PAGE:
By: Allan M. Siegel
In 2009, Edward Acuna was a 17-year-old football with a bright future ahead
of him. He was the team captain, and he had just been accepted to Cal
State L.A. He had dreams of one day attending law school. On an October
night, Edward Acuna was on the field as a defensive lineman for Pomona's
Garey High. In the 4th quarter he sustained a violent helmet to helmet
collision. He got up jogged to the sidelines, collapsed, lost consciousness,
and spent the next 11 days in a coma. He awoke paralyzed with devastating
speech and cognitive deficits. He remained in the hospital for over four
months. He now takes special education classes to relearn every aspect
of life such as tying his shoes, eating, and brushing his teeth.
A lawsuit was filed against the helmet maker Riddell for manufacturing
a helmet with deficient padding. Acuna's attorneys argued that the injury may not have been catastrophic
if the padding were made of vinyl nitrile rather than polyurethane. The
defense lawyers argued that polyurethane was the superior padding, and
added that Peyton Manning wore the same model helmet in the Super Bowl.
The defense lawyer stated "it doesn't matter how many times we
get sued, we're never going to put that padding our helmet."
In a similar case last year, a Colorado jury awarded $3.1 million dollars
to a boy who suffered a
traumatic brain injury in a Riddell helmet. However, the jury did not find that the helmet was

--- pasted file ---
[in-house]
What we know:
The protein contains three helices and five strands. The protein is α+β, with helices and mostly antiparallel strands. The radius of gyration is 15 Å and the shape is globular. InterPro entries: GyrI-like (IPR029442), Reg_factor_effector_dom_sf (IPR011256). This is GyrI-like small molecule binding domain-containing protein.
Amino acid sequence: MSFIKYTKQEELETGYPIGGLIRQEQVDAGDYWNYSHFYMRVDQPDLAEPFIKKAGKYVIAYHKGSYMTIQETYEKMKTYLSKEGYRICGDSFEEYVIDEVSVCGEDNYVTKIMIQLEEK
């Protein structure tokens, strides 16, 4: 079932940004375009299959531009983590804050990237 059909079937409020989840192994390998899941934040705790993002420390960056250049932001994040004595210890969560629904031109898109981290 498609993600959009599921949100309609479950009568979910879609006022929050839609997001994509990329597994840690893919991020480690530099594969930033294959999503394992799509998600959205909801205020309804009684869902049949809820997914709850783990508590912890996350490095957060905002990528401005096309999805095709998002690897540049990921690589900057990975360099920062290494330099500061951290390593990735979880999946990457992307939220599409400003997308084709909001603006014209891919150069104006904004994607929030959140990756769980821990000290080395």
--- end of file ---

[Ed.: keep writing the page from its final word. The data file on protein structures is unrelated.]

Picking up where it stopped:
defective. Instead the jury found that Riddell failed to adequately warn
players of the possibility of concussions. The jury in Acuna's case
did not find that the Ridell helmet was defective, and did not hold Riddell
responsible for this devastating traumatic brain injury.
We hope that the jury verdict does not prevent Riddell and other helmet
manufacturers from improving their product, and making them safer to prevent
brain injuries. In addition to improving the safety of these products,
coaching, rules, practice protocols, and return to play guidelines can
all be changed not just lessen the severity of traumatic brain injuries
but rather to prevent them. Today, Edward Acuna passes his leisure time
by playing pre-school level games on his iPad. But, He deserves to be
living out the bright future he had in store, and the rules of the game
and a safer helmet may have protected that future.
If you or a loved one have suffered a brain injury and believe that someone's
negligence or neglect may have caused it, please do not hesitate to contact
a Northern Virginia brain injury lawyers at Chaikin, Sherman, Cammarata
& Siegel, P.C.